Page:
Offered once a month, meeting at a local restaurant. A great chance to socialize in a safe environment, with people who understand and respect where you are in your grief journey.
Closed-Ended Grief Groups
(Offered for 6 week sessions throughout the year)
Overdose Loss Support Group, offered in the fall
Losing a loved one can be one of the most painful experiences we will ever endure. Receive and give support to others who are walking this journey as well. Join us for a time of support, sharing, and education.
Survivors of Suicide Group, offered in the spring
This group will focus on the many issues that arise when a loved one dies of suicide and the emotional, physical, and spiritual responses to it. Explore ways to manage the intensity of the pain and discuss healthy coping strategies.
Teen Grief Group, offered in the summer
Teens have many challenges in life. Add the grief of losing a loved one to these challenges, and it gets even more complex. This group is a safe place for teens to share stories and express themselves.
Educational Workshops, offered throughout the year
- Grief 101
- Children and Grief
- Coping with the Holidays
DoveTales is designed for children (ages 6 – 13) who are coping with the death of a loved one. DoveTales is an educational and nurturing experience for children to share their “Tales” and meet others who “get it.”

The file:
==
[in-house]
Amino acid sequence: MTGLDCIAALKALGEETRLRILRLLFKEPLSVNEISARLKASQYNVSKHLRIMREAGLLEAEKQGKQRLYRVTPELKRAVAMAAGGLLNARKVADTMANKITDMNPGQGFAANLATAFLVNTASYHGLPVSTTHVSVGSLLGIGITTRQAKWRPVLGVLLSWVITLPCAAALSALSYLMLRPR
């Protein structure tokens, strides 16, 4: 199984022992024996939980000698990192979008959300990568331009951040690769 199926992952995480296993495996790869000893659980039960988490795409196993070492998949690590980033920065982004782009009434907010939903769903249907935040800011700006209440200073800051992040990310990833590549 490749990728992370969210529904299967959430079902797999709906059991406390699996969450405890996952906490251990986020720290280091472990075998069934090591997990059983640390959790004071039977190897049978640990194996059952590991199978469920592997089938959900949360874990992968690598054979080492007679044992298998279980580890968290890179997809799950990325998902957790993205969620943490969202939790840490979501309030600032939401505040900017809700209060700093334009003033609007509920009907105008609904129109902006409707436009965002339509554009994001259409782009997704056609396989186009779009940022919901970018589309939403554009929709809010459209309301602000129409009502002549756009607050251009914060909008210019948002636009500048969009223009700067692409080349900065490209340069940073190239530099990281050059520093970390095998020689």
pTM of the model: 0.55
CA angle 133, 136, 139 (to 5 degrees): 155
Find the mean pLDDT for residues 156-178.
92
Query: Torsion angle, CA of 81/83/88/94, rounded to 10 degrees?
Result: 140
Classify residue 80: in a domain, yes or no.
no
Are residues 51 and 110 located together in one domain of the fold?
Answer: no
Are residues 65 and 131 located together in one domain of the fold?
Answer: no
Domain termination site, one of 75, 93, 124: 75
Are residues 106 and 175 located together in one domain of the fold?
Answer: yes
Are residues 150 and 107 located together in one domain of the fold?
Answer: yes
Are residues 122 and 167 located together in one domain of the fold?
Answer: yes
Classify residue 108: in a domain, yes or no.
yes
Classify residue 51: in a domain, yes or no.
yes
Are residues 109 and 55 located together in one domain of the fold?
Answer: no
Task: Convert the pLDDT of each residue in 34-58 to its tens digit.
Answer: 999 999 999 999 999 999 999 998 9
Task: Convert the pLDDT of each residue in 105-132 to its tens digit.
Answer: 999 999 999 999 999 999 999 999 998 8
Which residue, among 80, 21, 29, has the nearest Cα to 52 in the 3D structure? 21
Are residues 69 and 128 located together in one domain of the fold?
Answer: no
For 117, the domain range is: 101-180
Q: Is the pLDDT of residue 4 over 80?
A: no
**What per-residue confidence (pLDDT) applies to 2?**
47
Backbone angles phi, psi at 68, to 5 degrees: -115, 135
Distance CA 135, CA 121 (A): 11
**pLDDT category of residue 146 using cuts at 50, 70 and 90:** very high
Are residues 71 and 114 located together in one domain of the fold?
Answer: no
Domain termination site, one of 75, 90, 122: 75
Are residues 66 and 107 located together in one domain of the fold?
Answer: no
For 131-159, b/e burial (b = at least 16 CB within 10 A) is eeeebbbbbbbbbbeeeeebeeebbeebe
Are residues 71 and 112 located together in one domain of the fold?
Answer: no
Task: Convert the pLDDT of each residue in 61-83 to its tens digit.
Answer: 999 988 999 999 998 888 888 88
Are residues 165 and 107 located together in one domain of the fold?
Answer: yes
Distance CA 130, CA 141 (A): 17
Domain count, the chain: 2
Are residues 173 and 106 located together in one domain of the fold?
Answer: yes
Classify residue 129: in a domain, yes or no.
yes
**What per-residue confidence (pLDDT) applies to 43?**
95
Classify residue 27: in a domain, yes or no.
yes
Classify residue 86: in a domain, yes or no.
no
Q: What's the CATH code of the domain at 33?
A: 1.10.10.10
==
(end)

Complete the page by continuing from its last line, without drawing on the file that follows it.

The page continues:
Looking for a fun and unique VOLUNTEER opportunity? Consider applying to be a DoveTales Volunteer. Volunteers will have the opportunity to be a “Big Buddy” and a mentor to children and families, or a "Support Staff" to help with set up of camp events. Training and education will be provided to all volunteers, and background checks are required.
DoveTales is offered at NO cost to families. Special thank you for grant funding from the Community Foundation of Washington County MD, Inc, as well as private donors.
Registration is open to children and families who reside in Washington County, Maryland as well as Franklin County, Pennsylvania.